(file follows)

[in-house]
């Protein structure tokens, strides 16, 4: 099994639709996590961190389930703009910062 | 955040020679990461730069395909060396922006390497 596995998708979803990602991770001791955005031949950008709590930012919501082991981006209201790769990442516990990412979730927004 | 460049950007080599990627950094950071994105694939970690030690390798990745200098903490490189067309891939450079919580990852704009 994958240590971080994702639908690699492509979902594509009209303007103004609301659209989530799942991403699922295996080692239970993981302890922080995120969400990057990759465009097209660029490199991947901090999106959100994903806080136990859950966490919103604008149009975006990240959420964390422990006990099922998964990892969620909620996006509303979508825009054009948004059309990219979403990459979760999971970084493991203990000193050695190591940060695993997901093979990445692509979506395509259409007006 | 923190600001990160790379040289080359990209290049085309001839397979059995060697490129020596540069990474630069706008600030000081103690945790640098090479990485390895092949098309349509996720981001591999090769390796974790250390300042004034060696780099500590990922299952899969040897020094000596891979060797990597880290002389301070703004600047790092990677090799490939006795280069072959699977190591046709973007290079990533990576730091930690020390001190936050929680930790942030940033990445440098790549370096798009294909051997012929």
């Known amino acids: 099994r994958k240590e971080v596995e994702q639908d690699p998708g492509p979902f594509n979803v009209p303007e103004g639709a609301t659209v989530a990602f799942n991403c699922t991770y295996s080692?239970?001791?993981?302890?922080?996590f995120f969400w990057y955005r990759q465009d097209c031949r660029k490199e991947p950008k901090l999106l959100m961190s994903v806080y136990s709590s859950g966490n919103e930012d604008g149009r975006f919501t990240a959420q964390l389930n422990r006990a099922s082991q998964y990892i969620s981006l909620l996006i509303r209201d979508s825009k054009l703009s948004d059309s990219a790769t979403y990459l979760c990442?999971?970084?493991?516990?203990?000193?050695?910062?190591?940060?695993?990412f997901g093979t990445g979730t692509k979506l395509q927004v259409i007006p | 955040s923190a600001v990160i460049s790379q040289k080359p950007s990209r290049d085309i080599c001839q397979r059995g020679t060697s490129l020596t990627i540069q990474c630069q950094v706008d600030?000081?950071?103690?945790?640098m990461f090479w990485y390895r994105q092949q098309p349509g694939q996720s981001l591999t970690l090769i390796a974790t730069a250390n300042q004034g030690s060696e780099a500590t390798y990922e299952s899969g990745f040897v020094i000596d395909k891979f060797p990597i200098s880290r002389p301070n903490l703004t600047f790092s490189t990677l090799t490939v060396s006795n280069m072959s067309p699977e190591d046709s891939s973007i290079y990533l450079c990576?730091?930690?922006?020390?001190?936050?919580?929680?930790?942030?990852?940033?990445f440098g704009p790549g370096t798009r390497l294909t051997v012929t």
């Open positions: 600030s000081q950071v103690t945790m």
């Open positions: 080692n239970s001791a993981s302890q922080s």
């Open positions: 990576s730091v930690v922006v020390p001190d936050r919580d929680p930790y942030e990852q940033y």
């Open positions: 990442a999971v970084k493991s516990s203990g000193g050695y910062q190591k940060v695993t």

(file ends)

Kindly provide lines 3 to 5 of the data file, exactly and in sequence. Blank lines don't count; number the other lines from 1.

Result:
């Known amino acids: 099994r994958k240590e971080v596995e994702q639908d690699p998708g492509p979902f594509n979803v009209p303007e103004g639709a609301t659209v989530a990602f799942n991403c699922t991770y295996s080692?239970?001791?993981?302890?922080?996590f995120f969400w990057y955005r990759q465009d097209c031949r660029k490199e991947p950008k901090l999106l959100m961190s994903v806080y136990s709590s859950g966490n919103e930012d604008g149009r975006f919501t990240a959420q964390l389930n422990r006990a099922s082991q998964y990892i969620s981006l909620l996006i509303r209201d979508s825009k054009l703009s948004d059309s990219a790769t979403y990459l979760c990442?999971?970084?493991?516990?203990?000193?050695?910062?190591?940060?695993?990412f997901g093979t990445g979730t692509k979506l395509q927004v259409i007006p | 955040s923190a600001v990160i460049s790379q040289k080359p950007s990209r290049d085309i080599c001839q397979r059995g020679t060697s490129l020596t990627i540069q990474c630069q950094v706008d600030?000081?950071?103690?945790?640098m990461f090479w990485y390895r994105q092949q098309p349509g694939q996720s981001l591999t970690l090769i390796a974790t730069a250390n300042q004034g030690s060696e780099a500590t390798y990922e299952s899969g990745f040897v020094i000596d395909k891979f060797p990597i200098s880290r002389p301070n903490l703004t600047f790092s490189t990677l090799t490939v060396s006795n280069m072959s067309p699977e190591d046709s891939s973007i290079y990533l450079c990576?730091?930690?922006?020390?001190?936050?919580?929680?930790?942030?990852?940033?990445f440098g704009p790549g370096t798009r390497l294909t051997v012929t």
């Open positions: 600030s000081q950071v103690t945790m």
């Open positions: 080692n239970s001791a993981s302890q922080s």